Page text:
Why Churches Should Minister to Returning Cross-Cultural Workers

GO therefore and make disciples of all nations, baptizing them in the name of the Father and of the Son and of the Holy Spirit, teaching them to observe all that I have commanded you. And behold, I am with you always, to the end of the age.
— Matthew 28:18-20


The idea of “GO” is heavily stressed within many churches, as it should be. We as Christians should absolutely be about sending and going so that all the world may know the name of Jesus- “for there is no other name under heaven given among men by which we must be saved” (Acts 4:12). But what do we do when those who went, return?

All too often it seems as if those returning are met with a pat on the back and a “we’re glad you’re home,” but nothing more. We tend to forget that going from one culture to another isn’t always easy. We forget that hard things may have happened on the field. So rather than letting the returning cross-cultural worker go unnoticed, as a church let’s join hands with them and say, “We are here for you and we really care.”

Here are three reasons why churches should minister to returning missionaries:

  1. The church is a family. We are brothers and sisters and because of that we should love one another. What better way to love a family member than invite them over, talk, and support them? As one is welcomed back into their home community, don’t be afraid to really dig into the hard stuff and get to re-know that person, or know them for the first time! More than likely, everyone has changed in some ways, so it may take some work getting acquainted with one another again.

  2. To promote health and unity within the church. Throughout the New Testament, we see the theme of unity among believers (Philippians 2:2; 1 Peter 3:8; Ephesians 4:3). As a cross-cultural worker returns home, there is potential for a hard transition, which opens an opportunity for the church to come alongside that person and love on them. Often times, cross-cultural workers tend to question the American church when they return. They are disoriented by the way things are and how the church organizes worship and programs. Reminding one another of the gospel is a great way to unite the church and help address the questions people have. As someone is hurting, make sure to ask them questions, show hospitality, and include them. For a few ideas of questions to ask, click here.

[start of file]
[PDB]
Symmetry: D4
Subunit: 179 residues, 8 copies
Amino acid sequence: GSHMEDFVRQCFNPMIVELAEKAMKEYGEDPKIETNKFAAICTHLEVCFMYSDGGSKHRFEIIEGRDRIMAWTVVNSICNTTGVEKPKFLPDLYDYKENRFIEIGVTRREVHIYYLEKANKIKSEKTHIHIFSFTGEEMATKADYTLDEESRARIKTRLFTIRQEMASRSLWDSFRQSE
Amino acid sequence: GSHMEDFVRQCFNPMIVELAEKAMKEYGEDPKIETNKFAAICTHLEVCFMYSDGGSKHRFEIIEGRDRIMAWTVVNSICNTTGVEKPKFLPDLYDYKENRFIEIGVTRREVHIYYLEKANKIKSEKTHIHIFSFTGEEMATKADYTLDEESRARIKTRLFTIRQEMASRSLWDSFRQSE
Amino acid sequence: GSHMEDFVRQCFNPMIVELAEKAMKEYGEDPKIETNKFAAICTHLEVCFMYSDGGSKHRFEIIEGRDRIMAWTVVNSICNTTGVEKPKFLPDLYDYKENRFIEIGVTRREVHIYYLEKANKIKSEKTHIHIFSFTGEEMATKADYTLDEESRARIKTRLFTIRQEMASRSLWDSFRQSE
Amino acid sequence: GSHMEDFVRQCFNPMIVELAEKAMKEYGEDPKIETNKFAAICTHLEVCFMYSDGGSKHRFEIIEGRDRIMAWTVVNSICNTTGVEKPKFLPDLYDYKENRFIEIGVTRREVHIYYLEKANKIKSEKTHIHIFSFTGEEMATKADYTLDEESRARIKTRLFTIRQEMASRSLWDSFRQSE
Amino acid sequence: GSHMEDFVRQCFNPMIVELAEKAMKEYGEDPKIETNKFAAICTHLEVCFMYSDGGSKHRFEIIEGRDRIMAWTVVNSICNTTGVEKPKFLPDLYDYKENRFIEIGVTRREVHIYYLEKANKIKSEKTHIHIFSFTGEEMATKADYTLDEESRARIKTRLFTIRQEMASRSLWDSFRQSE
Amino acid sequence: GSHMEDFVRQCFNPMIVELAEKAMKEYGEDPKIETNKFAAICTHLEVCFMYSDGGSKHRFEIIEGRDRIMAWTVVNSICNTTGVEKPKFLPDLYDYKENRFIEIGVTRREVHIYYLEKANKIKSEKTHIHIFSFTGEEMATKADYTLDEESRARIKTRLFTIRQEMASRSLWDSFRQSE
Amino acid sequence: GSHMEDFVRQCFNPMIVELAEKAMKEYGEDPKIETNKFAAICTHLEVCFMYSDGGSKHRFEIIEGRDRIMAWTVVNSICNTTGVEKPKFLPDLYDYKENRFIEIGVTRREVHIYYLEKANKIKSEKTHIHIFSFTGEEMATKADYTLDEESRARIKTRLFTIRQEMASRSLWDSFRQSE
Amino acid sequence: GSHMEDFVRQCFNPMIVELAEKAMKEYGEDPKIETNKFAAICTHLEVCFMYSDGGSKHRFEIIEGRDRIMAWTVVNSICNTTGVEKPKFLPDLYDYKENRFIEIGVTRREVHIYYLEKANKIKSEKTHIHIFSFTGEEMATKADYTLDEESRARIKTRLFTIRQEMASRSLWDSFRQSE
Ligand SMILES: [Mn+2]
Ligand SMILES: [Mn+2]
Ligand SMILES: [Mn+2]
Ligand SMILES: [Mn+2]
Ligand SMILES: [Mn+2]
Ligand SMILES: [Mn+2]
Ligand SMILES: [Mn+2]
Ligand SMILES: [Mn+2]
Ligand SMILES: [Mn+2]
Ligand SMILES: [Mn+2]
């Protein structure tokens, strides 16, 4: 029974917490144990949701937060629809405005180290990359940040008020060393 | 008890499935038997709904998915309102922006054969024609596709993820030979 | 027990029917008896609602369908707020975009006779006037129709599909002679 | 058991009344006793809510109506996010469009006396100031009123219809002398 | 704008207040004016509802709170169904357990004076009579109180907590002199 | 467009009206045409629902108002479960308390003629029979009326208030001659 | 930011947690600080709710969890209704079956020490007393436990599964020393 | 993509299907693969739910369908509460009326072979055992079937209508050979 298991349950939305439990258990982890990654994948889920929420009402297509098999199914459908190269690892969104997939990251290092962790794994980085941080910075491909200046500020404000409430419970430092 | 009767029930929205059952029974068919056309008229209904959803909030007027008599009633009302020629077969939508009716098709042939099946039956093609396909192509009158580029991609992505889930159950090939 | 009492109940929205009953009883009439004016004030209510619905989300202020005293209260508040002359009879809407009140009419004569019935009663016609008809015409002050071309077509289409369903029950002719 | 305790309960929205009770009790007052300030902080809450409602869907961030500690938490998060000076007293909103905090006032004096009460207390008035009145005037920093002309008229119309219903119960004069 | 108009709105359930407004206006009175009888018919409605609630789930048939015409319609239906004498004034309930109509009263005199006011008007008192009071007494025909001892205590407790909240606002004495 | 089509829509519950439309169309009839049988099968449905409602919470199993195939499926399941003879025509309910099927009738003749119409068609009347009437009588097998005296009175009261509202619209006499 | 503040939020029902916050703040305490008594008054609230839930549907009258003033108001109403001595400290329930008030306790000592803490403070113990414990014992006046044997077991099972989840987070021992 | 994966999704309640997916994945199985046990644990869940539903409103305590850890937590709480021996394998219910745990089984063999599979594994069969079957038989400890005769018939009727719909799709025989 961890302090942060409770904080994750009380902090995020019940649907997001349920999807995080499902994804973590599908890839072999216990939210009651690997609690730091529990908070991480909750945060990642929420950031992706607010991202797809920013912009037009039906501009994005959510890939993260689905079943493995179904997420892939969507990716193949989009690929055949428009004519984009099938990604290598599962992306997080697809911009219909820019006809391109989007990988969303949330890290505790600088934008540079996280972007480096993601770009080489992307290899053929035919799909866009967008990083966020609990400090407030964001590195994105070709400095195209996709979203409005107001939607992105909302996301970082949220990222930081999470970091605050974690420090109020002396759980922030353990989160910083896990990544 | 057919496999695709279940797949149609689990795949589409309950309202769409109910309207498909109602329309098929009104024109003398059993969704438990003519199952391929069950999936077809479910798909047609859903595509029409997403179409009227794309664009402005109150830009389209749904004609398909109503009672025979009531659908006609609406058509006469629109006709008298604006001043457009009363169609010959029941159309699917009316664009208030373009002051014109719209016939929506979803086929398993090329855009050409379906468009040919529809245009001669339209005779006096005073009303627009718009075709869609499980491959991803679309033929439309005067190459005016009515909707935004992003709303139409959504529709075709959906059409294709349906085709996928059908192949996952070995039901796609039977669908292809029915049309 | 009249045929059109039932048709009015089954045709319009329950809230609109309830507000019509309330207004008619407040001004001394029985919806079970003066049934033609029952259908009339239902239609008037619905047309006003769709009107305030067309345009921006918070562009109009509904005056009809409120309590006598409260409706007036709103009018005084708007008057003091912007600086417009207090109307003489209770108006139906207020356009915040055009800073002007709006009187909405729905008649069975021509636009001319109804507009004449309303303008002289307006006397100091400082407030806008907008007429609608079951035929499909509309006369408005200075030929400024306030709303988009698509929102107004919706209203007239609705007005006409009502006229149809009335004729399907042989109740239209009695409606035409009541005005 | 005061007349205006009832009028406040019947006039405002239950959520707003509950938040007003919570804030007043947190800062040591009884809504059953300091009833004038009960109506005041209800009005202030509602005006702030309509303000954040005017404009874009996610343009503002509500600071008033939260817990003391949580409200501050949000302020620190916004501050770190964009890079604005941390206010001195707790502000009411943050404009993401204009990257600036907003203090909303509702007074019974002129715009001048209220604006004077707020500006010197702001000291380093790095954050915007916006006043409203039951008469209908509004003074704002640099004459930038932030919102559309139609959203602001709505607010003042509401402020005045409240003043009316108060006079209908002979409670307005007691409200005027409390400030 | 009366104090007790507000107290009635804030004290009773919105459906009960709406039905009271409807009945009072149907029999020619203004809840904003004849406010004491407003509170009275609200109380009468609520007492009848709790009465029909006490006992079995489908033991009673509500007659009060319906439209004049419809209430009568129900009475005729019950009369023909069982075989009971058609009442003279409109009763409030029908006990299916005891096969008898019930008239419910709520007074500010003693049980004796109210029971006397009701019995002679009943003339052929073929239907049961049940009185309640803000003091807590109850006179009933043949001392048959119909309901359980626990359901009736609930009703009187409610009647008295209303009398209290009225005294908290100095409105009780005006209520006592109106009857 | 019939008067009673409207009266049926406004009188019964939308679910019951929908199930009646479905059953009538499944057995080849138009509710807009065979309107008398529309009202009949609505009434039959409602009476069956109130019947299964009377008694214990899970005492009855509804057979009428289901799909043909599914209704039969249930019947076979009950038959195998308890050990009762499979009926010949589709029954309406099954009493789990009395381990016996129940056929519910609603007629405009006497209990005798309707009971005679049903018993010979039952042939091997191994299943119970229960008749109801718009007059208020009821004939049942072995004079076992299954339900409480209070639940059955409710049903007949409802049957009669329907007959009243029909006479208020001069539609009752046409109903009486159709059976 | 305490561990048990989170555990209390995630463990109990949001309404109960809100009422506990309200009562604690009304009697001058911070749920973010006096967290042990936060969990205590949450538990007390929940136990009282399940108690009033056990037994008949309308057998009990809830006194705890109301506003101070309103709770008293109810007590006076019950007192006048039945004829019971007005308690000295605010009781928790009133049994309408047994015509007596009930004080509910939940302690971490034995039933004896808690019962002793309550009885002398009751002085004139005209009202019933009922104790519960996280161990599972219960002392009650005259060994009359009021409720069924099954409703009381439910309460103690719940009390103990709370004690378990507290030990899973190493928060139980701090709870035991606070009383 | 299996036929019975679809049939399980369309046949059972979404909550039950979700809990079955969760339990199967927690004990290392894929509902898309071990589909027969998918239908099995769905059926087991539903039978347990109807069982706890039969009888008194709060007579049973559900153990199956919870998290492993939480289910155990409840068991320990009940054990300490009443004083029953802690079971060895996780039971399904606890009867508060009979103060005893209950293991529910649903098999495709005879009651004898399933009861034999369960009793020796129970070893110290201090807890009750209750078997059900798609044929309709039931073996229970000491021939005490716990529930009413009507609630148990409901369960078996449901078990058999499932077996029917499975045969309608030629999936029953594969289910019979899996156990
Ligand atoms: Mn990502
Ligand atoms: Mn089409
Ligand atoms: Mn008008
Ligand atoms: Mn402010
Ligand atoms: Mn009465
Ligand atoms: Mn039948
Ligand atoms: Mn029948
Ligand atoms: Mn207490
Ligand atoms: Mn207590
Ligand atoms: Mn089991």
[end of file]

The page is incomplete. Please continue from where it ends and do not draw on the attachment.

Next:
3. It is a ministry opportunity. When we send a brother or sister overseas, we as the church partner with them in support through prayer, funding, and continued communication as they share the gospel with people in another country. Upon return, the ministry doesn’t stop, it just changes. Rather than funding, the church can give emotional support to the person returning. The church can act as a safe haven for people readjusting to daily life in their home culture. Ministering to returning cross-cultural workers is much needed in this day and age as we send more and more people abroad. Rather than ending the support at sending, let’s have a holistic way of viewing reaching the nations and continue to partner with the missionary when they return home.

As the body of Christ, let’s join together to love our brothers and sisters. Living in another country can be difficult, and returning to one’s home culture can be challenging. I remember when I lived abroad, I had the opportunity to meet with a member care counselor. This was one of the greatest things that could have happened during my time overseas. It allowed me to process through questions or situations, and it allowed me to speak with someone who truly wanted to listen.

When I returned home, it was a different story. I was not welcomed back into my home small group, which broke my heart. I felt as if I no longer belonged anywhere. I no longer fit in with the culture around me, and I felt odd. For months I struggled with confusion and anxiety, with no words to express what was happening. Looking back, I realize that I was experiencing Reverse Culture Shock. Through that season, it would have been helpful to have someone walk through it with me. Someone who was not afraid to ask tough questions and really dig into what was going on. I was hurting in a way I had never experienced and I know I am not alone in this feeling. Now that I am on the other side, it is my hope and desire to help people see that we can love on our family members whom we sent out as missionaries. Not only when they leave, but also when they return. So, rather than giving a pat on the back, how can we bring people into community and show them that we care? How can we as a church partner with our family and aid in their transition?

Let’s start a conversation of how we can minister to returning missionaries within our churches. What are your thoughts? How is your church actively ministering in this way? I’d love to hear from you! Post your comments below or email us at globallynoted@gmail.com


Samantha Couick

Samantha CouickComment